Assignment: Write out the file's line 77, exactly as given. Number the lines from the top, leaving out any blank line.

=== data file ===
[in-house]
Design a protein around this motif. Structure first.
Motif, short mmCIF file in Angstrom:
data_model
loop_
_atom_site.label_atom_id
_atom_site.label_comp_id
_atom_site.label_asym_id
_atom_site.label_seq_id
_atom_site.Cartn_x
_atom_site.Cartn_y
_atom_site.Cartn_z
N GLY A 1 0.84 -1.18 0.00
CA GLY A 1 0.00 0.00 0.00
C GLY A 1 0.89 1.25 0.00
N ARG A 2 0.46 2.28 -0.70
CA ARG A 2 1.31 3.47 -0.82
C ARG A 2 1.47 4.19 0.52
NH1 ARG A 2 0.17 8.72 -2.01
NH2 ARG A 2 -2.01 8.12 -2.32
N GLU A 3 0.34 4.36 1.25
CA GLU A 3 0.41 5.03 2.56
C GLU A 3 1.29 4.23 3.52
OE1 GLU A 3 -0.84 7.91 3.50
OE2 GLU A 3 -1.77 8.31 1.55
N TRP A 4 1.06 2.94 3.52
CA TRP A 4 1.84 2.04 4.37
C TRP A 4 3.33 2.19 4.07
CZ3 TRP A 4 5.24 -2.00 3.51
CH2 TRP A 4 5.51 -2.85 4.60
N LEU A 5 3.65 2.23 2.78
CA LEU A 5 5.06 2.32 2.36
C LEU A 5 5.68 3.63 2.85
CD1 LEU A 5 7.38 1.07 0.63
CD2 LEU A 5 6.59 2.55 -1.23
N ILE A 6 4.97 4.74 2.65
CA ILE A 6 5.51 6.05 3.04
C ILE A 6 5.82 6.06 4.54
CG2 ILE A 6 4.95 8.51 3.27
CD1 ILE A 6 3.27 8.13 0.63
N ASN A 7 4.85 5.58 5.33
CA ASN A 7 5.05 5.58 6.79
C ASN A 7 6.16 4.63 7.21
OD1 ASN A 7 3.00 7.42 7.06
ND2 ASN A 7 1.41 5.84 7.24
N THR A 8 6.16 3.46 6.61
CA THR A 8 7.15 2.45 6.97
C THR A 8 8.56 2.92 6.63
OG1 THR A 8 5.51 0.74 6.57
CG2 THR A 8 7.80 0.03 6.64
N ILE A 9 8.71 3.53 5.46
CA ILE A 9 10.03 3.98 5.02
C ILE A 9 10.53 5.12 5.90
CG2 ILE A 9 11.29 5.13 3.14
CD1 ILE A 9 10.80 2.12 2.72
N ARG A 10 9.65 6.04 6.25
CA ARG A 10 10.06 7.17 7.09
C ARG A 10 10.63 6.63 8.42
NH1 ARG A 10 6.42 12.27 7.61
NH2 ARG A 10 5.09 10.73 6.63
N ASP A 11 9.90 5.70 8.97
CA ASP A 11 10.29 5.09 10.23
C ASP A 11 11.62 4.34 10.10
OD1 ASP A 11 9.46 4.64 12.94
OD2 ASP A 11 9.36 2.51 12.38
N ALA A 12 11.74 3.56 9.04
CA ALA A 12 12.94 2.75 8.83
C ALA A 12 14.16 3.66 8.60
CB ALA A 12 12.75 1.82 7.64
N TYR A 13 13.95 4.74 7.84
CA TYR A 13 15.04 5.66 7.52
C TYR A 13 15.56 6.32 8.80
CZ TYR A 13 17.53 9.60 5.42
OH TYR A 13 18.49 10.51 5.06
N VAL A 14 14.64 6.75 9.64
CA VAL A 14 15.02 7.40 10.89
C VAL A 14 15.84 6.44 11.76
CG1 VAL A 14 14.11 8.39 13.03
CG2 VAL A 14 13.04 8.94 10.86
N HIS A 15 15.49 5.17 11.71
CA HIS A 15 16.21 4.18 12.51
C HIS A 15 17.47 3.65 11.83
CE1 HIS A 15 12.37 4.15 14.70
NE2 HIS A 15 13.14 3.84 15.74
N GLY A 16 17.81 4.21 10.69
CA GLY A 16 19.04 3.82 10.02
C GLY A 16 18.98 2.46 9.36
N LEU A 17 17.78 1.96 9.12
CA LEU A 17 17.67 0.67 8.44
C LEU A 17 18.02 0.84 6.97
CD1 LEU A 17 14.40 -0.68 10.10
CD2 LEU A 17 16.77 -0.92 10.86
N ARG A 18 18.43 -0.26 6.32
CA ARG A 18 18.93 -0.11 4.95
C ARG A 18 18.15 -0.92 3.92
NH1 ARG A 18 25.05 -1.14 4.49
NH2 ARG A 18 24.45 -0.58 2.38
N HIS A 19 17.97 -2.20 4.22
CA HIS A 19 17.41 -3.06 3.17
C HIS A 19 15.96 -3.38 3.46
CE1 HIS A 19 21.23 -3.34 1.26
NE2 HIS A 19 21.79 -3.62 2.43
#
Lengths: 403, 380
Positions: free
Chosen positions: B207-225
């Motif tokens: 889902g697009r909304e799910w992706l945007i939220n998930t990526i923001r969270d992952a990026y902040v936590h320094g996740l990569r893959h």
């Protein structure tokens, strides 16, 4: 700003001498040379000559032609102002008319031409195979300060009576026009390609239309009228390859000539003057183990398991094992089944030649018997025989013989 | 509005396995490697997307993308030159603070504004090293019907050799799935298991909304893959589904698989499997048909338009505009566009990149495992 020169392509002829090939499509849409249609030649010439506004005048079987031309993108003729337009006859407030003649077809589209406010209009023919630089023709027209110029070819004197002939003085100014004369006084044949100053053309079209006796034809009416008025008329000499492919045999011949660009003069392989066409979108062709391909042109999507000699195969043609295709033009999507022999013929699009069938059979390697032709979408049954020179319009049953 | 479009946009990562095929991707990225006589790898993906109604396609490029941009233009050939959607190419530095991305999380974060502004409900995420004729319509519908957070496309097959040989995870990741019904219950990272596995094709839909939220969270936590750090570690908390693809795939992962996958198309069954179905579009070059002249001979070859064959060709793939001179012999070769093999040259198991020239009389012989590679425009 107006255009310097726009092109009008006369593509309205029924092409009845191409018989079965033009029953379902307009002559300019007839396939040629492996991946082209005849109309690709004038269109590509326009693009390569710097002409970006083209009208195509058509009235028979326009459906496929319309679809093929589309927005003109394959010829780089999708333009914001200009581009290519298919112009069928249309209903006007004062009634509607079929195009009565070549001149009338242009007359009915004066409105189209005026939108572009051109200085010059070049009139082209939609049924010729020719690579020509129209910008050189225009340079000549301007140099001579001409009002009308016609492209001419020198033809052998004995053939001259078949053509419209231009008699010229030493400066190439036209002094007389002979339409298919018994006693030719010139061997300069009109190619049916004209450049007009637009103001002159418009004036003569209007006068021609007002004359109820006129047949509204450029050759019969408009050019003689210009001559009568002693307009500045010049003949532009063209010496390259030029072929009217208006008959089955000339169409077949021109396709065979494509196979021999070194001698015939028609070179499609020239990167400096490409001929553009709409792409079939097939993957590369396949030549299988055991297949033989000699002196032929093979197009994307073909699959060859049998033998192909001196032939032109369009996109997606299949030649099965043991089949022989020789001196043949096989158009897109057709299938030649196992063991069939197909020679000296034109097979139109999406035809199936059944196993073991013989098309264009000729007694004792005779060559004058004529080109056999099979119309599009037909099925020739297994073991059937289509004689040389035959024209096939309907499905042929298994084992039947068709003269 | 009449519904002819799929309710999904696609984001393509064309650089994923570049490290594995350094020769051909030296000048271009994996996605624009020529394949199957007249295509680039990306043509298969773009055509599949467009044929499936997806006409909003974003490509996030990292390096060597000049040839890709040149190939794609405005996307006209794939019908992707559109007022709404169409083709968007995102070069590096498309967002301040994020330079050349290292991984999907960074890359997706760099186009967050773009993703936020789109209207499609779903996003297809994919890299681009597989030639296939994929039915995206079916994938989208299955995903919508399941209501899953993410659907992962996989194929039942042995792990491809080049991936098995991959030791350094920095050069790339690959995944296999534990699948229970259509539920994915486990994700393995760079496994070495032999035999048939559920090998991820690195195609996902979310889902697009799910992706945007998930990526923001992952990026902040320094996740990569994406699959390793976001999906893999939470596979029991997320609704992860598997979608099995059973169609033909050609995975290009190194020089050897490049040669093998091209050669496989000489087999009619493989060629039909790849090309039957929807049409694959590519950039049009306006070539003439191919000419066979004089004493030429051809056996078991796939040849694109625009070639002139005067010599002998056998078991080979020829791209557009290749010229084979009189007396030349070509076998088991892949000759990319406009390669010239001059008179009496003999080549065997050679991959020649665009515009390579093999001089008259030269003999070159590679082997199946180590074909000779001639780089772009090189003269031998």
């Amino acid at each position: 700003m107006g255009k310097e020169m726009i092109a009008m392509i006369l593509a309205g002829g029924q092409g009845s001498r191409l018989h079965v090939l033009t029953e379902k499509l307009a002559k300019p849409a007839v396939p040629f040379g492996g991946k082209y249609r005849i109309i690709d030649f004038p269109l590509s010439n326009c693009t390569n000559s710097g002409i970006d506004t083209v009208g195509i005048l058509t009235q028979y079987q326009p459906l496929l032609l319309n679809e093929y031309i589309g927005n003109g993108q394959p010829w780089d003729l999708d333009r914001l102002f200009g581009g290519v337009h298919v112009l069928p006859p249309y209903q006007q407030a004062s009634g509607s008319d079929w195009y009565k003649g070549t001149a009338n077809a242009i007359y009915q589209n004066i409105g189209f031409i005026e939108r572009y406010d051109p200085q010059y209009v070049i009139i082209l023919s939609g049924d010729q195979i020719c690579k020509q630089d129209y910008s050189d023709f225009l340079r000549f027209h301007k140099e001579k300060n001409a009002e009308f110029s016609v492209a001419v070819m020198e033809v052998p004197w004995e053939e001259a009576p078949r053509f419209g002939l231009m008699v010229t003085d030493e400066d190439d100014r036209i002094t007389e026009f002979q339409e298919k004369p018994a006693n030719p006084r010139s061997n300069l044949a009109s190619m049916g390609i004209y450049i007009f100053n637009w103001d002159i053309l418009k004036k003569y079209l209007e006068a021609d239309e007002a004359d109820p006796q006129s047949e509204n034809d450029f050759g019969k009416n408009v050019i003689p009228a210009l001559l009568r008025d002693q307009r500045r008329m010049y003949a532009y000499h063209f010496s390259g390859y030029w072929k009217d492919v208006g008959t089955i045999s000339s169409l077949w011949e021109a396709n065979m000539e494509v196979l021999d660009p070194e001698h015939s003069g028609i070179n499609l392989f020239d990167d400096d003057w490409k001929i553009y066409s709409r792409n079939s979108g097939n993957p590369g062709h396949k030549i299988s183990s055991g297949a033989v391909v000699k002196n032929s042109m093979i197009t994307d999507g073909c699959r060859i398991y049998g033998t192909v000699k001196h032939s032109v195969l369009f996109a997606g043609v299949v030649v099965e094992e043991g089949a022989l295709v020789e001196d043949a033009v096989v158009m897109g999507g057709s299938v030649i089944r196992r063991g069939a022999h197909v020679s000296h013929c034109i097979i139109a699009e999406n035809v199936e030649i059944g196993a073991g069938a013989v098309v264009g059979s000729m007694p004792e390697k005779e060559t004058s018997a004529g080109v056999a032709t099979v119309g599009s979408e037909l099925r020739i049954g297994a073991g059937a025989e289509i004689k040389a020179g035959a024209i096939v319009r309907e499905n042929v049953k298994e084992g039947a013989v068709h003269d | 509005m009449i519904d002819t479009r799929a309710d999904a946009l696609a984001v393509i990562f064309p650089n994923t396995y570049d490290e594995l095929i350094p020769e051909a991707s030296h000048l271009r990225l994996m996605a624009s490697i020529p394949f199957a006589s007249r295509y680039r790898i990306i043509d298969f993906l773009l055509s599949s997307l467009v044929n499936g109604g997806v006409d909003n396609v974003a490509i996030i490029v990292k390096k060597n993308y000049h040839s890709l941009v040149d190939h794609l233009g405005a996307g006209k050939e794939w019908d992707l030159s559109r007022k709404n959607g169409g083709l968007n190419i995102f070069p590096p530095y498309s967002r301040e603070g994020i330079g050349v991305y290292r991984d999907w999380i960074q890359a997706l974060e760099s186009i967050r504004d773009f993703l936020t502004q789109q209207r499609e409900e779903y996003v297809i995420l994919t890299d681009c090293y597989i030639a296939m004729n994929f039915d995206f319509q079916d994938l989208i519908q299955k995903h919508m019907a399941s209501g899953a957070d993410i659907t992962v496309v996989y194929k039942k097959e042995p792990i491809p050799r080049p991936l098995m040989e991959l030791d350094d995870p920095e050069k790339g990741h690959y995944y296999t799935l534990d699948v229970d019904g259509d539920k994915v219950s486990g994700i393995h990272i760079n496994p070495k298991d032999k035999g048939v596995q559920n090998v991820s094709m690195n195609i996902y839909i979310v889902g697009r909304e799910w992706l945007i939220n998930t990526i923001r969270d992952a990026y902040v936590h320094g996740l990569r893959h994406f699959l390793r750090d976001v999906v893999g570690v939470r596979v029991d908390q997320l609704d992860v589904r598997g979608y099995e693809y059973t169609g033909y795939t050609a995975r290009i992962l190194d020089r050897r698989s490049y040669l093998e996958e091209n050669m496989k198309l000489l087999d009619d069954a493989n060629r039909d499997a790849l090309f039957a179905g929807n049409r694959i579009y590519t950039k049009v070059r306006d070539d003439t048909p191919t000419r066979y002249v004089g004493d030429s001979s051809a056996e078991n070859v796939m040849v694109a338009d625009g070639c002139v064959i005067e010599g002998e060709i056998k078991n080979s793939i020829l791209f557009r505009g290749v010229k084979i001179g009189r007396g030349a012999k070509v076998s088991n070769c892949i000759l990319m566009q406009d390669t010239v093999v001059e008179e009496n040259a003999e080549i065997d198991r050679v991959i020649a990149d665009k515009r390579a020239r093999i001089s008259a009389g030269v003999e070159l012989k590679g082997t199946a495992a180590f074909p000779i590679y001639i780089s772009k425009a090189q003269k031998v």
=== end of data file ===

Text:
C VAL A 14 15.84 6.44 11.76